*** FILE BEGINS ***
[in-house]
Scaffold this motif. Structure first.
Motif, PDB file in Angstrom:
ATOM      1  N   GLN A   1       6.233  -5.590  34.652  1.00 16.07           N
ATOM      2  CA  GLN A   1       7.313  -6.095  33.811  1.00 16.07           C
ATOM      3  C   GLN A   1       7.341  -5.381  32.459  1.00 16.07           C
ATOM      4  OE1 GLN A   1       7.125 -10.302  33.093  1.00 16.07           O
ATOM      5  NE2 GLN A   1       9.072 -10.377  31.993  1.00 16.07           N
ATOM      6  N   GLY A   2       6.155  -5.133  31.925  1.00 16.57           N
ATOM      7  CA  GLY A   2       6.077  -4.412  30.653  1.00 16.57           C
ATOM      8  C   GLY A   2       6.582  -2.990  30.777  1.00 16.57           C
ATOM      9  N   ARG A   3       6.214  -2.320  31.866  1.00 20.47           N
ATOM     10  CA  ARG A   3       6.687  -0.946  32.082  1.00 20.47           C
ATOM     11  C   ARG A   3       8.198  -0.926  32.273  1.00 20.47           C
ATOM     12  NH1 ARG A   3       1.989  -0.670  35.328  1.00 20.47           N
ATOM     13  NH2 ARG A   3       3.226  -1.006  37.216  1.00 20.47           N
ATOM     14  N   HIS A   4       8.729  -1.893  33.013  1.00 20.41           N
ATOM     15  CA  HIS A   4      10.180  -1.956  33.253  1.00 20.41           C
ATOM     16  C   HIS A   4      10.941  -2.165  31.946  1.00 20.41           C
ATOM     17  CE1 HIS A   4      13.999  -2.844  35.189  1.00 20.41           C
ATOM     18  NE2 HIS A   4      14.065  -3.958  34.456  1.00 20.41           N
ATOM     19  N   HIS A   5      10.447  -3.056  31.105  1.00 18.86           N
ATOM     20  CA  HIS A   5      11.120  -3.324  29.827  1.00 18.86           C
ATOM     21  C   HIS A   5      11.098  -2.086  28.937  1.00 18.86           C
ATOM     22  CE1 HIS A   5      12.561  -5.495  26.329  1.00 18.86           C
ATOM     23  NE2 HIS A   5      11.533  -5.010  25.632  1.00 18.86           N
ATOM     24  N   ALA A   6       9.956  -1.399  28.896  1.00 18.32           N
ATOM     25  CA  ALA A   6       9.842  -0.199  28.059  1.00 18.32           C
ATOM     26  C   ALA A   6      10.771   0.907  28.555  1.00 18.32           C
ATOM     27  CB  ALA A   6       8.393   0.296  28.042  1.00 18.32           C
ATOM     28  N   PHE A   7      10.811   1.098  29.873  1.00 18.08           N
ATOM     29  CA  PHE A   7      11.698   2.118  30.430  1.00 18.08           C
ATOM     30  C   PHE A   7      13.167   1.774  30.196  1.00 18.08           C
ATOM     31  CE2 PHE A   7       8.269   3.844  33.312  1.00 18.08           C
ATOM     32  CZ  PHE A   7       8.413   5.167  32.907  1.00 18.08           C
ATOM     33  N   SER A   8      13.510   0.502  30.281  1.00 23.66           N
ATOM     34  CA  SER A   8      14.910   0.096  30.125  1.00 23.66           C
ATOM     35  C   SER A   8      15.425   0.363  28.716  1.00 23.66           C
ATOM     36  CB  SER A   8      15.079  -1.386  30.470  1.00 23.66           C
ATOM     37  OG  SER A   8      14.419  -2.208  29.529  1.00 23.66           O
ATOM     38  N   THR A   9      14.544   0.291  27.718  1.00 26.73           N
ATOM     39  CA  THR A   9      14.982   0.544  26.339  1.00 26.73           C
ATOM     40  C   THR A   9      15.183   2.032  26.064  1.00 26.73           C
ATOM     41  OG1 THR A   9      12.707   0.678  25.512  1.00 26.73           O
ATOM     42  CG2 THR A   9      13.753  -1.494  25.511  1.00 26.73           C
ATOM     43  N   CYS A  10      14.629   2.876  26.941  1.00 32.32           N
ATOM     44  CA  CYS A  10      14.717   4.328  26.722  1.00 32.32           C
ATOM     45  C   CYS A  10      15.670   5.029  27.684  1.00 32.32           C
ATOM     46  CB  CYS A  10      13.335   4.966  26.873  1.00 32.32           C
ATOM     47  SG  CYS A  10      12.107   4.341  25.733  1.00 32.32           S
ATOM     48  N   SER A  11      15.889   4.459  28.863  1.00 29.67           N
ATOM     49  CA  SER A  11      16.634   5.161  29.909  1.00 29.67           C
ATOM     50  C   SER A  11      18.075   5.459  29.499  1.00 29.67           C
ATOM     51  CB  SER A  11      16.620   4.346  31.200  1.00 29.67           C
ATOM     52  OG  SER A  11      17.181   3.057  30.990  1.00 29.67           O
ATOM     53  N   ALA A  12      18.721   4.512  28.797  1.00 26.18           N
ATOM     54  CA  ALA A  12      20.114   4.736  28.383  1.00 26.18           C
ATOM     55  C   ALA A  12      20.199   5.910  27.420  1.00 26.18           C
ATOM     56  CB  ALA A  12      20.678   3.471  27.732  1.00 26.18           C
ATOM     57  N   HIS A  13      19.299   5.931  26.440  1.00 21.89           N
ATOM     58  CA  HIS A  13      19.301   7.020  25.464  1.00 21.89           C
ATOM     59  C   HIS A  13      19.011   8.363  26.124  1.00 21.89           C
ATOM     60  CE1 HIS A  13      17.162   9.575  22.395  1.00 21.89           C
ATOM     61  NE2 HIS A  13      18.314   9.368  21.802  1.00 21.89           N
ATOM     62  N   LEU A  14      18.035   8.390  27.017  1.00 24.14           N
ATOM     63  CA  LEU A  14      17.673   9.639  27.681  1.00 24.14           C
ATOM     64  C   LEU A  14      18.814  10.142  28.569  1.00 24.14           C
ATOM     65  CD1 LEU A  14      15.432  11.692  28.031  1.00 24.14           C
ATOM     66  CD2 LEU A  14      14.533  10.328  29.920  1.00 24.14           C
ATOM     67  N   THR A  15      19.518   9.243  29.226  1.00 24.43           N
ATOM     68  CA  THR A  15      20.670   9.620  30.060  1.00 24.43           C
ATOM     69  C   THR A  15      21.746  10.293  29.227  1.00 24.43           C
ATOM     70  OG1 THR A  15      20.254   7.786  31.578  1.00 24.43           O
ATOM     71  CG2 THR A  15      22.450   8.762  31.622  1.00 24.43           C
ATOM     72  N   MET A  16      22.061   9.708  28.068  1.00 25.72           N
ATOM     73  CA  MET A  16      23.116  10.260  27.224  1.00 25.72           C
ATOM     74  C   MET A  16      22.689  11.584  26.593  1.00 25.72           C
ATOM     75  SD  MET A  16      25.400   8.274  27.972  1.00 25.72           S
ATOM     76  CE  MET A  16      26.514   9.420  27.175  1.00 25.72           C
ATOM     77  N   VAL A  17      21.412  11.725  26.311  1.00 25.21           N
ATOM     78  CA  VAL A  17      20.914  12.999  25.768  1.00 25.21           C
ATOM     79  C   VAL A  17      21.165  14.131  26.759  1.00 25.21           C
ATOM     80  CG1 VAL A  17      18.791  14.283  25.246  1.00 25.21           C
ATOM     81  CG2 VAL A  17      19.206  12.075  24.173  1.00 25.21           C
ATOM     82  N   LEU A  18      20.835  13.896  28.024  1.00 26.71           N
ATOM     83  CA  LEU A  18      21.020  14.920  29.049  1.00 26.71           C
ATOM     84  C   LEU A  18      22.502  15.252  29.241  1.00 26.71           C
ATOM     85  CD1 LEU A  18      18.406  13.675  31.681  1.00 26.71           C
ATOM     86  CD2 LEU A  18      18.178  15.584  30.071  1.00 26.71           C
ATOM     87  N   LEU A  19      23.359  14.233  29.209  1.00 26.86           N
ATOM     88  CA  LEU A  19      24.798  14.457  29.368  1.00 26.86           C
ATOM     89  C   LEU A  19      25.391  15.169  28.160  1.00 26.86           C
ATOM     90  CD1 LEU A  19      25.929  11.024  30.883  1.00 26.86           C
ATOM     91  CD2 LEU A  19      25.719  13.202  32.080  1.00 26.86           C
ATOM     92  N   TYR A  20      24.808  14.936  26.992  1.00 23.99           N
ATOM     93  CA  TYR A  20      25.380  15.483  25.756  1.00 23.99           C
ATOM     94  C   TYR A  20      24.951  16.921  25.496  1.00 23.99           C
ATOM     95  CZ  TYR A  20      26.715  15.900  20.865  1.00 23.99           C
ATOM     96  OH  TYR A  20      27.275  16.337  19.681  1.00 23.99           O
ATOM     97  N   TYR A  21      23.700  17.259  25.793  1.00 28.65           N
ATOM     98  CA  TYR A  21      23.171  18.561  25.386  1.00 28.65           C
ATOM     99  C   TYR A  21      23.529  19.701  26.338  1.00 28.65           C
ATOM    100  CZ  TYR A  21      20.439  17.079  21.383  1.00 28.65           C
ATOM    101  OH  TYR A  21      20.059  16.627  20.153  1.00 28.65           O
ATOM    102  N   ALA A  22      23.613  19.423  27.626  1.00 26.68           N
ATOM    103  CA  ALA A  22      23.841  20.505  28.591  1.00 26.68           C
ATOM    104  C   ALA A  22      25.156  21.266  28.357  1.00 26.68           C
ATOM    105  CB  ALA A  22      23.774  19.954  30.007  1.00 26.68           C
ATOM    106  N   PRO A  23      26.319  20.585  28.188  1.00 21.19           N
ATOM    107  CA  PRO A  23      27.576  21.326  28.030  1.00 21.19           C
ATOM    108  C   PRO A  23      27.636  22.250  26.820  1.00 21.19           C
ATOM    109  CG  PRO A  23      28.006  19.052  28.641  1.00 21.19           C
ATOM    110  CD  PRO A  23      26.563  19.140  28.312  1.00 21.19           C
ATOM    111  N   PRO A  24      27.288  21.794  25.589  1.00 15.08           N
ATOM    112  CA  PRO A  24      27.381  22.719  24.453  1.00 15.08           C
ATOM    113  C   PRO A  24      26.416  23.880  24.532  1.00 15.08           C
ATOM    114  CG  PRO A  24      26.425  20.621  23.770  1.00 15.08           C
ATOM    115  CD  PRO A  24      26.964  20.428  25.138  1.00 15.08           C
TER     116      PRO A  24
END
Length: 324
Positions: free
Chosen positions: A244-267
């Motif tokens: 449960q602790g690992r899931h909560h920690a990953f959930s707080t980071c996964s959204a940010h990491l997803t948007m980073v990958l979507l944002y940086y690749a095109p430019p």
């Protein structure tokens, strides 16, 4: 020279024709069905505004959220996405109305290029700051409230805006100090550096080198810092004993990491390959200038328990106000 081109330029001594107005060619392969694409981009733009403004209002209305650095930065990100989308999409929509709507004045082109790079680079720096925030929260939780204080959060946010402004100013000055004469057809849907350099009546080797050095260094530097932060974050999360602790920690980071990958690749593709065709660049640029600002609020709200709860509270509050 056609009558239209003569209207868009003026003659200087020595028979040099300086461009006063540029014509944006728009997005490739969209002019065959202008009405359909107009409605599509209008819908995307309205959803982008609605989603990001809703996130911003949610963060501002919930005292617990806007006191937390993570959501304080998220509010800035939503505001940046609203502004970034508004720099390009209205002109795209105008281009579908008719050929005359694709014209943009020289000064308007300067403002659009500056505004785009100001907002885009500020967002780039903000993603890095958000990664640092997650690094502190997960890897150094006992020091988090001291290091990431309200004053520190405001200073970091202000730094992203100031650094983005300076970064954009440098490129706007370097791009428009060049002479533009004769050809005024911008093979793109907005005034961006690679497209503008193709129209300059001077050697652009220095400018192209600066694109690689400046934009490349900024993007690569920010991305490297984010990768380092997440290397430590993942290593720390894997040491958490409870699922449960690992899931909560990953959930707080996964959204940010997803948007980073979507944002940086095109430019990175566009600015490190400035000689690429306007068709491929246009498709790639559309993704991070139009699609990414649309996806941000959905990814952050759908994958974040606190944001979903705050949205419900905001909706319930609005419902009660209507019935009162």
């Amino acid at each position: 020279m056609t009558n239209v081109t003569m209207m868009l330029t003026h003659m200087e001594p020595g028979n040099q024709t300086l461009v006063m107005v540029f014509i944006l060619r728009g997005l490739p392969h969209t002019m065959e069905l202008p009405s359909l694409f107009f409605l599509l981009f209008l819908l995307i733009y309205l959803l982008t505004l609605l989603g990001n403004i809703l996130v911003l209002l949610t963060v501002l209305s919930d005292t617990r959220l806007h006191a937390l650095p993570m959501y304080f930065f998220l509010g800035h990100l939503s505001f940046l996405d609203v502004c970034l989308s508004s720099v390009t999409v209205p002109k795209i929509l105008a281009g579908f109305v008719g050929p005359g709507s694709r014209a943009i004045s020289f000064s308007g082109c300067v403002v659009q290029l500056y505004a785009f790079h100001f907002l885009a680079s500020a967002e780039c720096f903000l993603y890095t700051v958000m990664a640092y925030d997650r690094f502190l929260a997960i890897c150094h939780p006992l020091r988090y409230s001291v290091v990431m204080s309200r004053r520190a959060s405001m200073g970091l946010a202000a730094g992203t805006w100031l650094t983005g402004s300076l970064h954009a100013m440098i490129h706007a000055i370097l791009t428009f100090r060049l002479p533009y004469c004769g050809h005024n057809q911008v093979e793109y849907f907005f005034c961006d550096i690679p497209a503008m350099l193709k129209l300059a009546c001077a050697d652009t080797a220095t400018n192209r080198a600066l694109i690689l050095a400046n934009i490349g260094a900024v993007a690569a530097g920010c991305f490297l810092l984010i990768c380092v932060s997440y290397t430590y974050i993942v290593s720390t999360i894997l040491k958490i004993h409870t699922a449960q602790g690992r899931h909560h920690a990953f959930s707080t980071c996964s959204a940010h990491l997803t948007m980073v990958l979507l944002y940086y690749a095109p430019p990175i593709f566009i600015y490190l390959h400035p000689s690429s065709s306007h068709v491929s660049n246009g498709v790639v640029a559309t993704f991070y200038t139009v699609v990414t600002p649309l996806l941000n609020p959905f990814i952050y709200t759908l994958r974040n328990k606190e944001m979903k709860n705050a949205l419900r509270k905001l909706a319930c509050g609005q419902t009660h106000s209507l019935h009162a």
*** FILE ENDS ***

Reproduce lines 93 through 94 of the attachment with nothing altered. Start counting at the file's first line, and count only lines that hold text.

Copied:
ATOM     90  CD1 LEU A  19      25.929  11.024  30.883  1.00 26.86           C
ATOM     91  CD2 LEU A  19      25.719  13.202  32.080  1.00 26.86           C